For those who have not heard, the Hugo Award nominations this year were gamed by a group calling themselves Sad Puppies. They were abetted in this endeavor by another group already active in the Gamergate turmoil who call themselves Rabid Puppies. My sense is these are frustrated young (ish) males who are upset the world doesn't revolve around their wants and desires. Frankly I don't give a rats ass about them. They are just a bunch of puerile loud-mouths shouting "pay attention to me" into the electronic byways of the Internet. But they do have the ability, and willingness, to organize themselves and exert their will. As far as I'm concerned this is no huge talent, but it did allow them to have an undue influence on the Hugo Award nominations this year. You can now see the ballot summaries for yourself on the main Hugo Award page. It's not so hard to have an effect when only 1827 ballots were cast for best novel and no one nominee got more than 387 votes. As you can see, it really was no great feat, but it did happen.
But that's not necessarily all bad news. The Hugo Awards have been gamed before for various reasons. It's one of those things that happens with a public ballot. You take the bad with the good. Also, one of the gripes these people have is that their science-fiction and fantasy tastes are not being duly represented in the awards year after year. For that I think they have no one to blame but themselves; a failure they obviously corrected this year, but their tastes are certainly reflected on the 2015 ballot and it is no fault of the author's nominated by said gaming of the system - at least in the best novel category, which is the only category I'm reviewing.
That was a two paragraph introduction to the review of "Skin Game" by Jim Butcher, for which I am somewhat sorry to inflict upon you, but felt compelled to clarify for them that know of the Hugo Award drama. There are strong feelings on all sides of this issue and some will feel like I have somehow betrayed them by listening to and reviewing this book. Poppycock. Jim Butcher is a New York times best-selling author. He didn't get there because of the Sad Puppies and he deserves a thoughtful and respectful review of his work just like I've done with all the other nominees so far (as part of my Nebula Nominee reviews.) Thinking otherwise is puerile behavior as bad as that exhibited by the Sad Puppies. I don't believe this applies to all authors and publishing houses on the ballot, for some of them were self-serving in the extreme, but it does apply to Jim Butcher and Tor Books, his publisher.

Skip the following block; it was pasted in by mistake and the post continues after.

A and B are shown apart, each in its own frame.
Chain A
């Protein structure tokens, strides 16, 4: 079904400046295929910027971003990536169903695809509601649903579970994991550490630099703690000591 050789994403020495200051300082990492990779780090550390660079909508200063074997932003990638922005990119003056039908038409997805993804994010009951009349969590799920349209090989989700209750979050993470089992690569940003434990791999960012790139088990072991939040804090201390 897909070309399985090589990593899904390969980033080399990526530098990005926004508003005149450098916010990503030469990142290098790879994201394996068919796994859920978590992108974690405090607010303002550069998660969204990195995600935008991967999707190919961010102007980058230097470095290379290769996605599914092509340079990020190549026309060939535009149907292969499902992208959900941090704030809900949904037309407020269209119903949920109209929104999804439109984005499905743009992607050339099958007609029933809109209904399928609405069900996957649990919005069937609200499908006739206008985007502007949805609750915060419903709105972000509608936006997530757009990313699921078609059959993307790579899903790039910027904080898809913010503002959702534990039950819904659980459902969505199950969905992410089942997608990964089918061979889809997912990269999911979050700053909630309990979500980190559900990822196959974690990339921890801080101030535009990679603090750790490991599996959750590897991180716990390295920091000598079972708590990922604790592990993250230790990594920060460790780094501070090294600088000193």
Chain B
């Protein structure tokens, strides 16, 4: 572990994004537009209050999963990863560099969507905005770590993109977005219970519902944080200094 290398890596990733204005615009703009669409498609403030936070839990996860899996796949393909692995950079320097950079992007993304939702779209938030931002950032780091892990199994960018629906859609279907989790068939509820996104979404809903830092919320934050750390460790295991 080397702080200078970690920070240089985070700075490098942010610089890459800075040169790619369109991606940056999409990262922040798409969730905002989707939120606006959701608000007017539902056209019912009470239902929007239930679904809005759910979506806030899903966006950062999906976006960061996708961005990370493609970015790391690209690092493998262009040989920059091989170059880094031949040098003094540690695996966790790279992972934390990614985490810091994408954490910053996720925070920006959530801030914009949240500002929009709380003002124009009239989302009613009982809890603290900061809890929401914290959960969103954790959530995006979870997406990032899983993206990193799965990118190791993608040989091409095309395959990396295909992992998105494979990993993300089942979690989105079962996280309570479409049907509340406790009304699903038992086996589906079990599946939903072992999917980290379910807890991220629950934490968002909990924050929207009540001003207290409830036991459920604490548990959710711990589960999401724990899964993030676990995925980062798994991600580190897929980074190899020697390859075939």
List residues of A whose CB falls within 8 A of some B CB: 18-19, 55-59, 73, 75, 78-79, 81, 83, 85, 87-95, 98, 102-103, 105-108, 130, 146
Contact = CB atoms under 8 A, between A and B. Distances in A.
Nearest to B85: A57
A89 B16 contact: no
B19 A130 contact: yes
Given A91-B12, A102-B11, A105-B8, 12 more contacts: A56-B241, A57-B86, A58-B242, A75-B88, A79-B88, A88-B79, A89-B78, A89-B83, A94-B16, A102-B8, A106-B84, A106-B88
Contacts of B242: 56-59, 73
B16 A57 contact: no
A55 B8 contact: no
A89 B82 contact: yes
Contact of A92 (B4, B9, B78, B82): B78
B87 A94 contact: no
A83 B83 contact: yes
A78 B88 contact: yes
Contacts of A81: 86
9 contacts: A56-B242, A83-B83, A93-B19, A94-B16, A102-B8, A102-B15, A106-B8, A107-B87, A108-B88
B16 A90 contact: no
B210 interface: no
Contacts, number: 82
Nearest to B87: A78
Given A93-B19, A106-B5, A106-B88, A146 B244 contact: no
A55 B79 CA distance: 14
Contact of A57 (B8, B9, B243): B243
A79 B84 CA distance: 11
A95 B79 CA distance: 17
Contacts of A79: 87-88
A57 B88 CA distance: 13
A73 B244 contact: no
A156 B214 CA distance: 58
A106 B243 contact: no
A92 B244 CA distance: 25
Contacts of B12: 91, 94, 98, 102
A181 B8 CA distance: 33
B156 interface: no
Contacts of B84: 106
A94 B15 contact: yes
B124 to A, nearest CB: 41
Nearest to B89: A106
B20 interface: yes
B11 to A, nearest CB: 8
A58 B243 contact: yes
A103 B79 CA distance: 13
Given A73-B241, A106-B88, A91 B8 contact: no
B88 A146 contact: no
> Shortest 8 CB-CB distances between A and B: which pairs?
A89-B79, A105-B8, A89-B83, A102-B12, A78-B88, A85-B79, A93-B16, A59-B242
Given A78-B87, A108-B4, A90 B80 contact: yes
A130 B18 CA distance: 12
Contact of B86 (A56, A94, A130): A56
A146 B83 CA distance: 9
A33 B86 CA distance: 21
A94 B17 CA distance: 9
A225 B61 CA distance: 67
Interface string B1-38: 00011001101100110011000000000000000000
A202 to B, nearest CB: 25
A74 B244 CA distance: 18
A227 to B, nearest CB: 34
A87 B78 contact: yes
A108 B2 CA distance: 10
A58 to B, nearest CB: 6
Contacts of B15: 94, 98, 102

So, how about I get on to the review of "Skin Game: A Novel of the Dresden Files, Book 15" by Jim Butcher? Great! Here's a non-spoiler version of the publisher's summary.
Harry Dresden, Chicago’s only professional wizard, is about to have a very bad day….
Because as Winter Knight to the Queen of Air and Darkness, Harry never knows what the scheming Mab might want him to do. Usually, it’s something awful.
He doesn’t know the half of it….
Mab has just traded Harry’s skills to pay off one of her debts. And now he must help a group of supernatural villains—led by one of Harry’s most dreaded and despised enemies, Nicodemus Archleone—to break into the highest-security vault in town so that they can then access the highest-security vault in the Nevernever.
Dresden’s always been tricky, but he’s going to have to up his backstabbing game to survive this mess—assuming his own allies don’t end up killing him before his enemies get the chance….